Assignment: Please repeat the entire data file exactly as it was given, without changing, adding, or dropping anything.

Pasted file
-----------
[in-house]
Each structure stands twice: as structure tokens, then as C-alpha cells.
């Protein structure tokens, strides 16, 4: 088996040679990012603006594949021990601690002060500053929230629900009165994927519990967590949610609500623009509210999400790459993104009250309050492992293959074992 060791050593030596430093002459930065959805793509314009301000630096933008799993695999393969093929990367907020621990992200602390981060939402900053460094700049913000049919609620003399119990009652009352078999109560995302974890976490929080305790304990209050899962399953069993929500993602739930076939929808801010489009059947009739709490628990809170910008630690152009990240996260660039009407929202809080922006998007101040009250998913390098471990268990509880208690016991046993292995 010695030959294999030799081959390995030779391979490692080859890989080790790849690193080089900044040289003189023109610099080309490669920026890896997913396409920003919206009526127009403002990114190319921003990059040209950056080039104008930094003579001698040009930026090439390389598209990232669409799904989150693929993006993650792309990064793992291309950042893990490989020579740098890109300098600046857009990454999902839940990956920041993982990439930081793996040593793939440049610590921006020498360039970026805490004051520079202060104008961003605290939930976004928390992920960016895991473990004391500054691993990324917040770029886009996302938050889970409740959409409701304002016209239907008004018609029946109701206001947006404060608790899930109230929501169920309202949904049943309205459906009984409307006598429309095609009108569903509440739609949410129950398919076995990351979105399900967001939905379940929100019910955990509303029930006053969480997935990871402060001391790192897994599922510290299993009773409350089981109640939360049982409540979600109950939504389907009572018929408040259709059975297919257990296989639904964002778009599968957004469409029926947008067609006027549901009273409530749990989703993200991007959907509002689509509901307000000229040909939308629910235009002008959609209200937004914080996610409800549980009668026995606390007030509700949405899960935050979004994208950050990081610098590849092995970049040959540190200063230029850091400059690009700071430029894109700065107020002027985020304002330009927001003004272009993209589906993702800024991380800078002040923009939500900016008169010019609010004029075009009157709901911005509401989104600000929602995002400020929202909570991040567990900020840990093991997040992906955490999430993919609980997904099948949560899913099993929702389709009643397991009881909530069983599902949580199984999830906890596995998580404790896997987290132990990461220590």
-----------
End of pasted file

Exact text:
[in-house]
Each structure stands twice: as structure tokens, then as C-alpha cells.
């Protein structure tokens, strides 16, 4: 088996040679990012603006594949021990601690002060500053929230629900009165994927519990967590949610609500623009509210999400790459993104009250309050492992293959074992 060791050593030596430093002459930065959805793509314009301000630096933008799993695999393969093929990367907020621990992200602390981060939402900053460094700049913000049919609620003399119990009652009352078999109560995302974890976490929080305790304990209050899962399953069993929500993602739930076939929808801010489009059947009739709490628990809170910008630690152009990240996260660039009407929202809080922006998007101040009250998913390098471990268990509880208690016991046993292995 010695030959294999030799081959390995030779391979490692080859890989080790790849690193080089900044040289003189023109610099080309490669920026890896997913396409920003919206009526127009403002990114190319921003990059040209950056080039104008930094003579001698040009930026090439390389598209990232669409799904989150693929993006993650792309990064793992291309950042893990490989020579740098890109300098600046857009990454999902839940990956920041993982990439930081793996040593793939440049610590921006020498360039970026805490004051520079202060104008961003605290939930976004928390992920960016895991473990004391500054691993990324917040770029886009996302938050889970409740959409409701304002016209239907008004018609029946109701206001947006404060608790899930109230929501169920309202949904049943309205459906009984409307006598429309095609009108569903509440739609949410129950398919076995990351979105399900967001939905379940929100019910955990509303029930006053969480997935990871402060001391790192897994599922510290299993009773409350089981109640939360049982409540979600109950939504389907009572018929408040259709059975297919257990296989639904964002778009599968957004469409029926947008067609006027549901009273409530749990989703993200991007959907509002689509509901307000000229040909939308629910235009002008959609209200937004914080996610409800549980009668026995606390007030509700949405899960935050979004994208950050990081610098590849092995970049040959540190200063230029850091400059690009700071430029894109700065107020002027985020304002330009927001003004272009993209589906993702800024991380800078002040923009939500900016008169010019609010004029075009009157709901911005509401989104600000929602995002400020929202909570991040567990900020840990093991997040992906955490999430993919609980997904099948949560899913099993929702389709009643397991009881909530069983599902949580199984999830906890596995998580404790896997987290132990990461220590």